Woody Guthrie’s song “This Land is Your Land,” has become as much of an American national anthem as “The Star-Spangled Banner,” yet upon watching Woody Sez, the rousing two-hour musical at the Irish Repertory Theatre, the audience realizes that the song was intended to reflect more than patriotism. Guthrie’s music represented the downtrodden and working people of the country. His music, written during the harsh days of the Dust Bowl and The Depression, still resonates with current themes.
The “hobo-poet” roamed through the country working, writing and performing. His life was hard and his tragedies great. His mother suffered from a genetic illness, Huntington’s disease, which struck him later in life, leaving him unable to communicate. Guthrie wrote music and articles and was a talented artist as well. An exhibit on the second floor of the theater details his history and also displays some of his artwork.
All four performers, creator David M. Lutken, Megan Loomis, Helen Jean Russell and Andy Teirstein, play several instruments, which hang all around the intimate stage, and they perform all the parts. Lutken, as Guthrie, delivers most of the dialogue, some taken from Guthrie’s own writings. The musical is generally lively and toe tapping, and it’s fun watching the musicians play. Teirstein even plays the spoons. The performers are engaging and most of the older audience really seemed delighted. (One man announced that he was 88 and remembered seeing Guthrie perform, and another man, looking around upon entering, observed that there wouldn’t be any Trump supporters in our midst.)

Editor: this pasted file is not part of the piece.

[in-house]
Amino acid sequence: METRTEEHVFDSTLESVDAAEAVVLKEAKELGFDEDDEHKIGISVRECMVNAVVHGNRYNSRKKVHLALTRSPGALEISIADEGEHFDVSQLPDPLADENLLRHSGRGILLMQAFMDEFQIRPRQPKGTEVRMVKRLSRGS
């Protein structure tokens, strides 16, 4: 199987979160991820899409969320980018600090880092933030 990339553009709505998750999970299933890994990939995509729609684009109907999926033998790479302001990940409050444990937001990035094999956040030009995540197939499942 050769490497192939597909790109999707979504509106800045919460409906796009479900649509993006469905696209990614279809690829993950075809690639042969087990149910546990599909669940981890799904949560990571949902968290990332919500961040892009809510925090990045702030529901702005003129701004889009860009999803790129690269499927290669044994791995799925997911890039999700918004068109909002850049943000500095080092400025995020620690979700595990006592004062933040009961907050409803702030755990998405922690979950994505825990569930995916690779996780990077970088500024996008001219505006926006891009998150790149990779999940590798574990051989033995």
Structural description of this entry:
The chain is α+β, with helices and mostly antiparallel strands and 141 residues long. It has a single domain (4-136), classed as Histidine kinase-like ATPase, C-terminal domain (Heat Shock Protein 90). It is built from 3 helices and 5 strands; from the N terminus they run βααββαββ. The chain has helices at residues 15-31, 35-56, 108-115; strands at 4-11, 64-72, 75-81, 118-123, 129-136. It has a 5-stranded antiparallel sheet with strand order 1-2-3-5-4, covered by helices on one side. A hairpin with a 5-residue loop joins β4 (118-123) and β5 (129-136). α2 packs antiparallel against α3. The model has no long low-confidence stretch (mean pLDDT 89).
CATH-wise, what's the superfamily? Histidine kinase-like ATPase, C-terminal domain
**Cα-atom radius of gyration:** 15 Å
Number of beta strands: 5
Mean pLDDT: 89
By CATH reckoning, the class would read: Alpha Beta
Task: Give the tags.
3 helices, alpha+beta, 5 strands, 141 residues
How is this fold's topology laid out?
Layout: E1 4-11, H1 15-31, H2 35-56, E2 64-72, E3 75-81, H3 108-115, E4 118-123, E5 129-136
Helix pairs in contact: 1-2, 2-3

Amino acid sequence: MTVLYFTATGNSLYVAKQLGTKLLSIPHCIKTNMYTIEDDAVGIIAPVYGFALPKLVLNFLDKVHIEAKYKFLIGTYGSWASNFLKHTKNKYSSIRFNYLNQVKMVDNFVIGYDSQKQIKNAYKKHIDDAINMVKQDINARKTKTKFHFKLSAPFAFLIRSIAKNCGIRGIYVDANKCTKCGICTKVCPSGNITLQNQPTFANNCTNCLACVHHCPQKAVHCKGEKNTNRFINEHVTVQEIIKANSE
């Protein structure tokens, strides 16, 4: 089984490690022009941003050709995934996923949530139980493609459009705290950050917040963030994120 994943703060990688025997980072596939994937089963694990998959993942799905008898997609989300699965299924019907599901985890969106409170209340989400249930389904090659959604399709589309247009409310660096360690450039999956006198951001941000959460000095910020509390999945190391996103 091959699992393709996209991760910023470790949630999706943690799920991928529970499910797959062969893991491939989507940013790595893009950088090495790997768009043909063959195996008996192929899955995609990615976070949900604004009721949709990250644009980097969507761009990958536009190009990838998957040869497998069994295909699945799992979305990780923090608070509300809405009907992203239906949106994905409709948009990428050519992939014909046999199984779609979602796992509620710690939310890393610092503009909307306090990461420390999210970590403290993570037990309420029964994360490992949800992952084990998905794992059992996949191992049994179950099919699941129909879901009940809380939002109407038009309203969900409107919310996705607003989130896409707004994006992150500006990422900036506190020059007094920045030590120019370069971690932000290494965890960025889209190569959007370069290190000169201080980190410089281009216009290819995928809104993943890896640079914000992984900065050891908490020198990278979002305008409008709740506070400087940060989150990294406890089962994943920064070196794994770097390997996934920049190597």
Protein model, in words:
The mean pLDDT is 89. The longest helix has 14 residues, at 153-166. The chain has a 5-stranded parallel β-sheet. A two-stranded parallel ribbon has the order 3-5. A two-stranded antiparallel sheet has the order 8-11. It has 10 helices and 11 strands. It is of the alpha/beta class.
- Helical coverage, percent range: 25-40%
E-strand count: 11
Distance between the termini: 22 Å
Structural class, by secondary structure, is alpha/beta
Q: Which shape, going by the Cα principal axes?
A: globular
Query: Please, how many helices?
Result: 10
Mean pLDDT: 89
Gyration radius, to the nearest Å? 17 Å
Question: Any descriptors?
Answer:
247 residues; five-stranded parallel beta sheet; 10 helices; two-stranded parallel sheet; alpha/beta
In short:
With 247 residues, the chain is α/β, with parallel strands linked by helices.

Guthrie’s lyrics are evocative of the time but are also classic. One song, “Deportees,” is about Mexicans who died in a plane crash but instead of having identities are merely called “deportees.” How timely given our current immigrant policies. Guthrie’s lyrics mock the bankers and wealthy as he sides with the working man and union workers.
Some of his more famous songs include “So Long It’s Been Good To Know Yuh,” ”Riding in My Car” and “The Ballad of Tom Joad,” and his music influenced some of the greats who followed him, including Bob Dylan, Joan Baez and Judy Collins.
Guthrie’s musical legacy lives on, but sadly many of the issues he protested are unchanged. As his mother said, “Everything we do is aimed at going on.” Perhaps it’s all about the struggle and endurance.